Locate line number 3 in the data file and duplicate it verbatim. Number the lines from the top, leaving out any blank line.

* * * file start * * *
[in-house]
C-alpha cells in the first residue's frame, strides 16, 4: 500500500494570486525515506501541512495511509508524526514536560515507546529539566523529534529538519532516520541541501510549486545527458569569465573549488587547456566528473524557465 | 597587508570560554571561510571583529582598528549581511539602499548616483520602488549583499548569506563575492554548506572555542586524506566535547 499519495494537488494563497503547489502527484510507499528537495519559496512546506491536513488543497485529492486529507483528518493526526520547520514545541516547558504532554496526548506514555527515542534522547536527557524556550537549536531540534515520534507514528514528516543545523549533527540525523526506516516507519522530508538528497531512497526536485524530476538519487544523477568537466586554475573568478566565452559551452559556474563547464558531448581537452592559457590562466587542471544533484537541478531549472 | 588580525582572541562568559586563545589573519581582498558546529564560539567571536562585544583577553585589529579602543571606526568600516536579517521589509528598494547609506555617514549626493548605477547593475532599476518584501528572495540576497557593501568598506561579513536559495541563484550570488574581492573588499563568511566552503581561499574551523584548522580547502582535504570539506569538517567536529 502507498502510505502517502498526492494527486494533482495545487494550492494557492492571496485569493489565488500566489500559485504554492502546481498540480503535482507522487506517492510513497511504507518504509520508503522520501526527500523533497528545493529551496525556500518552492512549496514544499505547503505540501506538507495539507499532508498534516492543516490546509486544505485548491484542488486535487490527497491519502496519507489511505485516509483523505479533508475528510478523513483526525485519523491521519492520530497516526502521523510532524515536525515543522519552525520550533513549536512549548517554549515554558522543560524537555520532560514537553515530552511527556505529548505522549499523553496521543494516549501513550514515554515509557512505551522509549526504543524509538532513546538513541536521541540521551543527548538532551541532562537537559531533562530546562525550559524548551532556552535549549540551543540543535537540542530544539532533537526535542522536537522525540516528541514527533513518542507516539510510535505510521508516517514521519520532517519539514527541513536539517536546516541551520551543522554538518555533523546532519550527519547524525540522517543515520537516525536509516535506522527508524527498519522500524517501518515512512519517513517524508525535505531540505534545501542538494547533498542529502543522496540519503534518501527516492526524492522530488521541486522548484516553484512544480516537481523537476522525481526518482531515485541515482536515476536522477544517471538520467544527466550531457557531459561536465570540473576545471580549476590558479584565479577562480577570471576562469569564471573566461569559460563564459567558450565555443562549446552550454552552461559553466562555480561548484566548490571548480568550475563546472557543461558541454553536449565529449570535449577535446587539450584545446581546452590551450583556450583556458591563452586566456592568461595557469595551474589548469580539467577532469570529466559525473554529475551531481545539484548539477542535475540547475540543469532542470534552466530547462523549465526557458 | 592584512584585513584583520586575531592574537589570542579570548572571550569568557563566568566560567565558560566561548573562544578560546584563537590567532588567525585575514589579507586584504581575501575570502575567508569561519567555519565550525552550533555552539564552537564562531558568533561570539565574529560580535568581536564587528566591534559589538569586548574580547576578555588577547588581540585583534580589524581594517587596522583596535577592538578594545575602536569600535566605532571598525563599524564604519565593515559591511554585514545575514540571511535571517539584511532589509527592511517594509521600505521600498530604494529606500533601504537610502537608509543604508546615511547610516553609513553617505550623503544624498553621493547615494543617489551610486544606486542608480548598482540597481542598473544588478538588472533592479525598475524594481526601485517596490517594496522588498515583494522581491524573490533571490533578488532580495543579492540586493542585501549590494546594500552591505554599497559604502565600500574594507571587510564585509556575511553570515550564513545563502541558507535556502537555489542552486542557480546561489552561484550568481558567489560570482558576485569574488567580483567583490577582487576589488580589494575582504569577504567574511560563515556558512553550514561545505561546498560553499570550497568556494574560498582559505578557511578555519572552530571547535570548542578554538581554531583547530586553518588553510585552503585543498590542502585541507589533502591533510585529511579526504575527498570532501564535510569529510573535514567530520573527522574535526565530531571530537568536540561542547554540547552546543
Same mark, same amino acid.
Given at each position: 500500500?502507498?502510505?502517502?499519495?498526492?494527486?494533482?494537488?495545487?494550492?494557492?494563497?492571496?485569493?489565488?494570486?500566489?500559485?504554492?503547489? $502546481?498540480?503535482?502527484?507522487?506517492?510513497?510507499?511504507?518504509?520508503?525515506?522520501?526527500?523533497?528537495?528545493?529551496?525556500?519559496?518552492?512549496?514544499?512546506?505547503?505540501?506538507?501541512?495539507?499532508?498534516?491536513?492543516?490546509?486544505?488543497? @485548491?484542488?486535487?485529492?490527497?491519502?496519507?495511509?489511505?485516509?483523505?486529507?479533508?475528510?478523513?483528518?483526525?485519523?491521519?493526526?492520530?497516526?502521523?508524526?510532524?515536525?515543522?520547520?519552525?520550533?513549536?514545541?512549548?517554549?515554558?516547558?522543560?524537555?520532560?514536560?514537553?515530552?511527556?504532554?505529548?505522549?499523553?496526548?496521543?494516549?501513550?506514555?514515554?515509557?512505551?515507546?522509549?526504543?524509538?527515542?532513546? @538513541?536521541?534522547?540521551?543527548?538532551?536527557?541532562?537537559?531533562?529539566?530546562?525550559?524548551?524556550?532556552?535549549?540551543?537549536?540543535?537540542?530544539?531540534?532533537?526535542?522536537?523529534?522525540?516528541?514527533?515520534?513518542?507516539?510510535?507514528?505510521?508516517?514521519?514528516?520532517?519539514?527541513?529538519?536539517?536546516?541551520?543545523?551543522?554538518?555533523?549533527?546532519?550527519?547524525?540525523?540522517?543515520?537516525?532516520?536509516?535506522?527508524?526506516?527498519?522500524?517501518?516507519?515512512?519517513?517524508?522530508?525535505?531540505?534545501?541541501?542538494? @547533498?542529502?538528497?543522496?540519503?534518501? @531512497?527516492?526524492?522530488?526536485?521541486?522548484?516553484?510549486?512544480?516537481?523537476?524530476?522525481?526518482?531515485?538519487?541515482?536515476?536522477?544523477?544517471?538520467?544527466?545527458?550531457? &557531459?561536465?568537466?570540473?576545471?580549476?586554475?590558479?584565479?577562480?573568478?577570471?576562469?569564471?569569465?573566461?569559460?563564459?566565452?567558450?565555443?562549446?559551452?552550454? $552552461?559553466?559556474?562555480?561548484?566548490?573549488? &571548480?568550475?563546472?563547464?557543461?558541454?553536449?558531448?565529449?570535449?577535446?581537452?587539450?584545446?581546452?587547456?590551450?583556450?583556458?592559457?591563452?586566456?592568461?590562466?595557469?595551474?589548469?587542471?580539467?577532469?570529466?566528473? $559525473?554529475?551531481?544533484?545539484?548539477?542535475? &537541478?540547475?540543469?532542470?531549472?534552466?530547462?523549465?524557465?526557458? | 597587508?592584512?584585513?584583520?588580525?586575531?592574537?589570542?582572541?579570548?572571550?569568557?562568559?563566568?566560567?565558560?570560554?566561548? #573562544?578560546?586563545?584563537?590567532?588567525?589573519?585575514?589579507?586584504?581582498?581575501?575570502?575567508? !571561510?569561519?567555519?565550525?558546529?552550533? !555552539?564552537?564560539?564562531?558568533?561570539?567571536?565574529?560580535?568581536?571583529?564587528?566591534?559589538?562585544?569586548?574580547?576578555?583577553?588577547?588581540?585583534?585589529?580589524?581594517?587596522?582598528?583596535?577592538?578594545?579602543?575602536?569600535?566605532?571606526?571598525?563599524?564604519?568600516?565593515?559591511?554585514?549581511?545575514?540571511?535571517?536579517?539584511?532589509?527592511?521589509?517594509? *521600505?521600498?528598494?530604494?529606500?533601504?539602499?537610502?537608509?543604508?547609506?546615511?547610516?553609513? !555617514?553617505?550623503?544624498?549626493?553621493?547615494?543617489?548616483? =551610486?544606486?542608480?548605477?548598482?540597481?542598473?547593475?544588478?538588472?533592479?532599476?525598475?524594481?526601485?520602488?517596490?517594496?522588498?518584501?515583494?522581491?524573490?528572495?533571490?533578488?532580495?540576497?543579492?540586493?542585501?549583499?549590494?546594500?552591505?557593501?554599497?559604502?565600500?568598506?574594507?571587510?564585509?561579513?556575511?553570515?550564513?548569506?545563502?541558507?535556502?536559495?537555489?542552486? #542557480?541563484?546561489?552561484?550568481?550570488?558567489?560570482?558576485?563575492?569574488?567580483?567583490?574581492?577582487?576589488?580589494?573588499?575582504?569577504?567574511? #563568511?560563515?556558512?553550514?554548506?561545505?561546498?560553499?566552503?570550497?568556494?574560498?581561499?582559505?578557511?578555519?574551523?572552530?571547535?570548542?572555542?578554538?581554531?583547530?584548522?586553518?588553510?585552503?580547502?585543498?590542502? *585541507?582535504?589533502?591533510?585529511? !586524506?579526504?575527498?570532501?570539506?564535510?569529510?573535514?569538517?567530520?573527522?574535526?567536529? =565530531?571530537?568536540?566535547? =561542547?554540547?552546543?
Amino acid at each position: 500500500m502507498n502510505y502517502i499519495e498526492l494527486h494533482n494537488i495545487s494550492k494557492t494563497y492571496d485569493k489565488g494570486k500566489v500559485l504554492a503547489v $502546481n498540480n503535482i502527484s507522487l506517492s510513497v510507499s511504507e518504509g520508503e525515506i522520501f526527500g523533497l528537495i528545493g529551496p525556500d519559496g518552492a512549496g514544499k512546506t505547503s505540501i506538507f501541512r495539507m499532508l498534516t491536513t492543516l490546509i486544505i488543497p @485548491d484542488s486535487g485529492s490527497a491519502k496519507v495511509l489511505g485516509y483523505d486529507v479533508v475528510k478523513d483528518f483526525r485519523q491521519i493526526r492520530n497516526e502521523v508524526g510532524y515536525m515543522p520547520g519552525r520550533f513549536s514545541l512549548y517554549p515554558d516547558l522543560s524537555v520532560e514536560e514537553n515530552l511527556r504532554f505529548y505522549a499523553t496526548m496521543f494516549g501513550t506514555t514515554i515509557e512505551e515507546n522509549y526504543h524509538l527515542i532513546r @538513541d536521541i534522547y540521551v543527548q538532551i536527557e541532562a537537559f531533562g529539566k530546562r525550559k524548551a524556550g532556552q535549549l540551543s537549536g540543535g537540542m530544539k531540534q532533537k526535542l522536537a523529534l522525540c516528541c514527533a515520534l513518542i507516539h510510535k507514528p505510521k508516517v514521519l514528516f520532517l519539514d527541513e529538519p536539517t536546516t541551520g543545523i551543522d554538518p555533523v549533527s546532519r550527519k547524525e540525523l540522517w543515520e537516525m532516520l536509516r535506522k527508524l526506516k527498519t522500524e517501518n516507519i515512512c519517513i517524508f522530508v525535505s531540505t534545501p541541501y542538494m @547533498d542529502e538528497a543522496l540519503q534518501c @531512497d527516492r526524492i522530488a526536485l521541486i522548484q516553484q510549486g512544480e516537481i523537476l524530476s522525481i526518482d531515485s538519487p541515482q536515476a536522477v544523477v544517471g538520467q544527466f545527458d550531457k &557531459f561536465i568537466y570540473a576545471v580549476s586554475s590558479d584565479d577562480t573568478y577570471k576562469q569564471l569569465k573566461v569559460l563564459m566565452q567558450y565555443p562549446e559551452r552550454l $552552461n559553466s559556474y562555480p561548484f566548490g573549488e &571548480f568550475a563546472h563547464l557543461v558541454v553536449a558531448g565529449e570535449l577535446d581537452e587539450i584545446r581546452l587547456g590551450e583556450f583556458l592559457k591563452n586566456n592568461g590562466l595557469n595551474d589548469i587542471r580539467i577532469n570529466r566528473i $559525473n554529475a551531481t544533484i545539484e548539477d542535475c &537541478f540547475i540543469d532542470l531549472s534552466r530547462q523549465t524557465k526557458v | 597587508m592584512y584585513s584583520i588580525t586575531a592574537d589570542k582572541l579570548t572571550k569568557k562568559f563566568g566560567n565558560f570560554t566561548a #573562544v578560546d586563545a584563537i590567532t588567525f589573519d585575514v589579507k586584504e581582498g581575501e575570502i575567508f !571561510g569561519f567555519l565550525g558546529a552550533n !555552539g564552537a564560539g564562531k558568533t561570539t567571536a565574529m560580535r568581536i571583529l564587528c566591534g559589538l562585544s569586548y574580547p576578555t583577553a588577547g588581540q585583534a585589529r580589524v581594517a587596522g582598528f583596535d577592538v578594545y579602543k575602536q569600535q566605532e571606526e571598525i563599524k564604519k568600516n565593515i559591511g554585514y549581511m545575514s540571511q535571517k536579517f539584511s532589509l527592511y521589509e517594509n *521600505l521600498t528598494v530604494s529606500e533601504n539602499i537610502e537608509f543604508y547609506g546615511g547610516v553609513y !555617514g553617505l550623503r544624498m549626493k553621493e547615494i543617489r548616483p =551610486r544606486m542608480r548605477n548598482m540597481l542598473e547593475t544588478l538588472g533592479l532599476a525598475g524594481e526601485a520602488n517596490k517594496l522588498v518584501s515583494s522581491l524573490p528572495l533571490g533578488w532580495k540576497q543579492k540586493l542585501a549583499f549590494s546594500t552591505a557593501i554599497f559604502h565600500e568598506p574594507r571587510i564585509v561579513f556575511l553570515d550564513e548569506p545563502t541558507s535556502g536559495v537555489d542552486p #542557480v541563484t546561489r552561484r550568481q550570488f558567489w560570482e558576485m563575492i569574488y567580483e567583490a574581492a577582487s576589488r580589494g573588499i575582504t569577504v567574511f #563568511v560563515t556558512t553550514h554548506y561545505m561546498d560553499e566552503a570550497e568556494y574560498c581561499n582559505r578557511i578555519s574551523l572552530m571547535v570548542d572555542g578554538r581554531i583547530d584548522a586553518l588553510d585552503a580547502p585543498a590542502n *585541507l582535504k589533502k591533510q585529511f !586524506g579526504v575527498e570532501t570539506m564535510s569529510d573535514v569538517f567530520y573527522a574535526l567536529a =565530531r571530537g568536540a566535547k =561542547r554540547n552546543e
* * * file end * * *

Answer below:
Same mark, same amino acid.